Tag Archives: Glebe

Another One Bites the Dust –In Memory of the Holiness Movement Church Building (Hornerites)

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Another One Bites the Dust –In Memory of the Holiness Movement Church Building (Hornerites)

Andrea Ross is at Recovery Church.
June 29 at 10:43 AM  · Ottawa  · 

Another beloved landmark has fallen. This time, though, we saved a bit.
this is what it will be replaced with.

Andrea Ross We will likely open it July 6,7,8 or 9. ( Time Capsule)

All photos-Andrea Ross-

I keep telling the story over and over that as a 14 year-old girl in Cowansville, Quebec I fought to have 6 homes of historic nature not torn down on the Main Street. My father was a councillor at the time and was not impressed with his daughter speaking at the town hall meeting, but today many regret the loss of these grand old homes. Once you tear something down, it just can’t come back.

Unfortunately, now many of the oldest and most interesting homes are slowly disappearing due to lack of interest in their preservation. I have a feeling that down the line that only locations that have been deemed architecturally significant are going to be safe from the wrecking ball. So what if a building isn’t beautiful?  Why are we tearing down the brownstones and old brick farmhouses that are now part of our inner cities and towns just because they are not significant?

Many thanks goes to Andrea Ross from Ottawa for documenting this. The fact she took initiative and rescued important artifacts from the building is outstanding. These tear down trends in my personal opinion are forgetting that older buildings are physical representations of our area’s history and culture. They attract tourists, and even town or city dwellers who might like to take a scenic walk or drive to see some of  these old buildings. I still think people want to live in an area that has character with buildings that are memories from our past and attractive accessories to local businesses. 

I’m sure some of you are thinking that this all sounds like an older generation writing about holding on to antiquated thoughts and privileges. There is no doubt that an aging building poses a unique set of challenges, and it’s great when you can retain a building; but it’s not always possible for those even with deep pockets. As  George Pope Morris once wrote “Woodman, Spare that Tree!” I am writing in defense of perfectly good buildings that are razed to make way for new development, and when I see things like Andrea did; I have to document it. Even she could not spare the tree, but she certainly saved some branches.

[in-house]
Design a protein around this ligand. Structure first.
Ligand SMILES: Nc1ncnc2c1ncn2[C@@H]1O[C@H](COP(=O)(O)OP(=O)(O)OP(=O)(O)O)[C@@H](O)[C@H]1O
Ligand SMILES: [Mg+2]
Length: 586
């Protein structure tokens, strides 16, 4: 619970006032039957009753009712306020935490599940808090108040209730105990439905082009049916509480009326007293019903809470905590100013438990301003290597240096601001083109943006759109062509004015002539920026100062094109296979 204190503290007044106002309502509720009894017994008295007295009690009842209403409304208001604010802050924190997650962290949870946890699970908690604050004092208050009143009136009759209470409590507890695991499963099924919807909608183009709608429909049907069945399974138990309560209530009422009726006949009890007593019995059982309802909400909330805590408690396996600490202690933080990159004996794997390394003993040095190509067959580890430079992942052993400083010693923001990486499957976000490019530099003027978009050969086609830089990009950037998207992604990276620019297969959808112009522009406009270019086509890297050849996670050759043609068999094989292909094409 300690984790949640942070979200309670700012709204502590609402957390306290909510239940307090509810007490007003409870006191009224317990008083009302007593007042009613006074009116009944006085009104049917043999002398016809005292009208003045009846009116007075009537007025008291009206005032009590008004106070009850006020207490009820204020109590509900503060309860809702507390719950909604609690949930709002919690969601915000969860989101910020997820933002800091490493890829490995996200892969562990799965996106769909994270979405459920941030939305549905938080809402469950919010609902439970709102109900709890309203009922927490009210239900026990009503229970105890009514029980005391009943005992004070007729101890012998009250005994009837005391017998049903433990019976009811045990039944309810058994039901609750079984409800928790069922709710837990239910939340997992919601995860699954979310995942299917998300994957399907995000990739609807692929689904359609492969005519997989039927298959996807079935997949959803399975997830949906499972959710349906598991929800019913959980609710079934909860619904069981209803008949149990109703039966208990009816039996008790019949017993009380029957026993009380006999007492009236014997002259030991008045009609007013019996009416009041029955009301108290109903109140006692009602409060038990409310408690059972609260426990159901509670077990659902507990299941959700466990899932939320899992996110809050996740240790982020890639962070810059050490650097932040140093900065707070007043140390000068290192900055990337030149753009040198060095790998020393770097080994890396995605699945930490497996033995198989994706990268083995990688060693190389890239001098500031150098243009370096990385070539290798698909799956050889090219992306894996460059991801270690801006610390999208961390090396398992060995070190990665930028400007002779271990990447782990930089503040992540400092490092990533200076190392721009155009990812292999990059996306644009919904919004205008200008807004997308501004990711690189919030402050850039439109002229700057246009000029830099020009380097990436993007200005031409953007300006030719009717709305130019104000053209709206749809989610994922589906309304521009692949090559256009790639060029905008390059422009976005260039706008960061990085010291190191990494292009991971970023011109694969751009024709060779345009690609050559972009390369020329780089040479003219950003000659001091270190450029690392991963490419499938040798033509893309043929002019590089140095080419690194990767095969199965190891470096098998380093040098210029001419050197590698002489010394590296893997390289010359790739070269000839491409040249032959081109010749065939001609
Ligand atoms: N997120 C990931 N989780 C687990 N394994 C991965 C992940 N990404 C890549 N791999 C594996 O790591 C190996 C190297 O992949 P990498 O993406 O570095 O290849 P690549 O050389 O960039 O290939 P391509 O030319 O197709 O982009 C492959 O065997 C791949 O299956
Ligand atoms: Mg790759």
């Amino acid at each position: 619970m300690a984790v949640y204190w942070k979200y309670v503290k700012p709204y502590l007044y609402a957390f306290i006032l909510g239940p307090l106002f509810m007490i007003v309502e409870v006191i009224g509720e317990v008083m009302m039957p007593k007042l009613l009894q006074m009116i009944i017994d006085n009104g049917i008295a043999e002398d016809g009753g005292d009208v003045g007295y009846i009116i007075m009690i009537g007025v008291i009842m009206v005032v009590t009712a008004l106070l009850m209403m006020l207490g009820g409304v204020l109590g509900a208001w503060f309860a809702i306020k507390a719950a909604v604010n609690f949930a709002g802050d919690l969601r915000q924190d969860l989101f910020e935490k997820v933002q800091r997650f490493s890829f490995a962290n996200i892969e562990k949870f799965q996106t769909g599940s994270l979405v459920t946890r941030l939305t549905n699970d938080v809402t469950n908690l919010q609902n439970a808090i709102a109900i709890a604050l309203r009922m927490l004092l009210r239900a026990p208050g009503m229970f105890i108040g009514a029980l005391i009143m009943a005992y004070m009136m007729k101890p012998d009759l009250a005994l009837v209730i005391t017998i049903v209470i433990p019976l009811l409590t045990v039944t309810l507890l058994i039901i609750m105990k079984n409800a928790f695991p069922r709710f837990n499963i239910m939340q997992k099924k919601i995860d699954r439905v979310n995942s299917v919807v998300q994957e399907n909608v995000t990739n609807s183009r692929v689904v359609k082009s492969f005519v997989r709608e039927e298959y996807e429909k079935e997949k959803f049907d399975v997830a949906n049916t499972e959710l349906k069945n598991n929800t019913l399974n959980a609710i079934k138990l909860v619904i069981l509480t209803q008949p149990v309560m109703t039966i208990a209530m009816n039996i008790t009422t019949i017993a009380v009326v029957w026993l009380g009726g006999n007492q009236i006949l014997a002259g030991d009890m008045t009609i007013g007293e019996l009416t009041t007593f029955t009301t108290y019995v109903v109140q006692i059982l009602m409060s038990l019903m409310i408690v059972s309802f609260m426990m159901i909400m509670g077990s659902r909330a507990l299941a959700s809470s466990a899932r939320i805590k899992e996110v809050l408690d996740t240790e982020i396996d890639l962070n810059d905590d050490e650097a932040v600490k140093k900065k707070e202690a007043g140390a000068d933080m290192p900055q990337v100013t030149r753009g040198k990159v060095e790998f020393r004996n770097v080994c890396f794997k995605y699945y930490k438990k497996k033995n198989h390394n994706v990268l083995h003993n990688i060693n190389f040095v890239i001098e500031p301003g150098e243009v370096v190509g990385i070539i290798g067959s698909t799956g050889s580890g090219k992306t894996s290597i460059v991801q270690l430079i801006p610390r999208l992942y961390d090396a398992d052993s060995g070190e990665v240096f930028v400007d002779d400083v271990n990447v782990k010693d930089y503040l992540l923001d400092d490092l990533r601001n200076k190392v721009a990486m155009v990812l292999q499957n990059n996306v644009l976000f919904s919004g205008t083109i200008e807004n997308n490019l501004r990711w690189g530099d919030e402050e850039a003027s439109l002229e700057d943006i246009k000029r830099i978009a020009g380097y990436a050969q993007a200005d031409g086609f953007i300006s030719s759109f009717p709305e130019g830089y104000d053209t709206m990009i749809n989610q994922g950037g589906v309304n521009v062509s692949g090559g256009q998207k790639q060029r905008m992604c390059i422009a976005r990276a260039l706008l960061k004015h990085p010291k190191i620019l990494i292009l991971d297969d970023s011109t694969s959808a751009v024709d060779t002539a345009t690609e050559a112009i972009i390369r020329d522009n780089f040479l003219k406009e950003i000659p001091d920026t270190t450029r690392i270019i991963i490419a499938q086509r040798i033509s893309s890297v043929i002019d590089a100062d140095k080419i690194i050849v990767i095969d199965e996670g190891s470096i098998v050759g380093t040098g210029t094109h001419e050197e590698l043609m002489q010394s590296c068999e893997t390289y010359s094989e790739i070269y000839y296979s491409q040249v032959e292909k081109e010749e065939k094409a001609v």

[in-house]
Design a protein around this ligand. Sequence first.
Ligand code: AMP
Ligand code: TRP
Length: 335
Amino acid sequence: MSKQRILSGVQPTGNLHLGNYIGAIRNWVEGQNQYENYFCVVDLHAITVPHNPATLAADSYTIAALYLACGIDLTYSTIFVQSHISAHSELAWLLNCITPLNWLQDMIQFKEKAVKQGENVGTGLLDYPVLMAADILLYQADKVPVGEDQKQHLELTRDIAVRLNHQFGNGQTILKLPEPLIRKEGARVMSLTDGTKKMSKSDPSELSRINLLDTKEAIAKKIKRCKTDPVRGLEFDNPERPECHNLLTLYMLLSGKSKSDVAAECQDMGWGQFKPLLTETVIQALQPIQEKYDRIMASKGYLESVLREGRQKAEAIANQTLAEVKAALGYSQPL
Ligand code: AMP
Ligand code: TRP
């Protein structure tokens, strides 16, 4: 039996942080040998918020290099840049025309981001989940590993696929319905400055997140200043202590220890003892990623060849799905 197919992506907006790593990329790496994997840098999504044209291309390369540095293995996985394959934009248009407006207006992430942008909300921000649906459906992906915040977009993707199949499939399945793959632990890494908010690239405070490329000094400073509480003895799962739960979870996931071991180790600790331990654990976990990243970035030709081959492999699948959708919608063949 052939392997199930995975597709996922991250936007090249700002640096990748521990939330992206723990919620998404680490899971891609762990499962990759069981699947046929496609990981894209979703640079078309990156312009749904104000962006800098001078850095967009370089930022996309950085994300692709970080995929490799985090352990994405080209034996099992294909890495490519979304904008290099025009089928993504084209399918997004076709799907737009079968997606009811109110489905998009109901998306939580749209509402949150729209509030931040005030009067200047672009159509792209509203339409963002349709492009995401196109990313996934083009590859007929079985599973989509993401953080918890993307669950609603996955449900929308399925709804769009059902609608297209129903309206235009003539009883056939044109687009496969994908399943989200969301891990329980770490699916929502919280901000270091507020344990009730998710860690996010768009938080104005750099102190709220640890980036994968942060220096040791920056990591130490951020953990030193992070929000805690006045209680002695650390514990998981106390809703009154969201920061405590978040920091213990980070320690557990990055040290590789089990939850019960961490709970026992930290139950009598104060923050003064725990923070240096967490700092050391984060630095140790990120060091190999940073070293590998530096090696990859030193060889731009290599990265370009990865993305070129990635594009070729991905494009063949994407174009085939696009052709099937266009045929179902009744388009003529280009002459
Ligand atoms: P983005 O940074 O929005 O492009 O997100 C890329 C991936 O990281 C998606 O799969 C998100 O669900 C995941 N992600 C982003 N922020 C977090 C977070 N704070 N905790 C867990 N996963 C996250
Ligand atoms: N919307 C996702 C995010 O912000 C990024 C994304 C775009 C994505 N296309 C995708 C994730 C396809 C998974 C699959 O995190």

Thank you Andrea from the bottom of my heritage heart

In Memory of the

This written opinion is of that of the writer only, Linda Seccaspina.

I have documented historical mentions of the Holiness Movement Church below. If you wish to read about the Hornerites-

Hornerites? What Were Hornerites? CLICKhttps://lindaseccaspina.wordpress.com/2017/05/12/hornerites-what-were-hornerites/

By Kim Elder Click here

Heritage Ottawa Newsletter 2014

The Holiness Movement Church was a sect started by Bishop Ralph Cecil Horner (1853-1921) in 1895 when he broke with the Methodist Church. The membership of the sect was drawn largely from rural people in the Ottawa Valley but the headquarters was in Ottawa, which oddly furnished very few members. To outside observers, the services conducted by Bishop Horner appeared to be very noisy affairs. The act of prostration, which led to the unflattering name of “holy rollers”, was for Horner proof that God was changing the seeker’s life from inside out.

 In late 1908 the Holiness Movement Church occupied the vacant house and grounds at 910 Bank Street as an annex to their Holiness Movement Institute, established at 482 Bank Street in the early 1900s. The 1912 Insurance Plan shows the house at 910 Bank Street as well as the Hornerite Church nearby on the corner of Mutchmor (now Fifth Avenue) and Monk. The former Mutchmor home “Abbotsford” is now the Protestant Home for the Aged. In 1914 the Holiness Movement Church focussed their teaching activities at 910 Bank Street. In 1917, the year that Bishop Ralph Cecil Horner was deposed from the Holiness Movement Church, the Institute ceased operation and the building served briefly as a meeting hall. In 1918 it re-opened as the “Holiness Movement College” and in 1925 it adopted the simpler “Annesley College” name, in honour of Susannah Annesley, mother of John and Charles Wesley, the founders of the Methodist movement.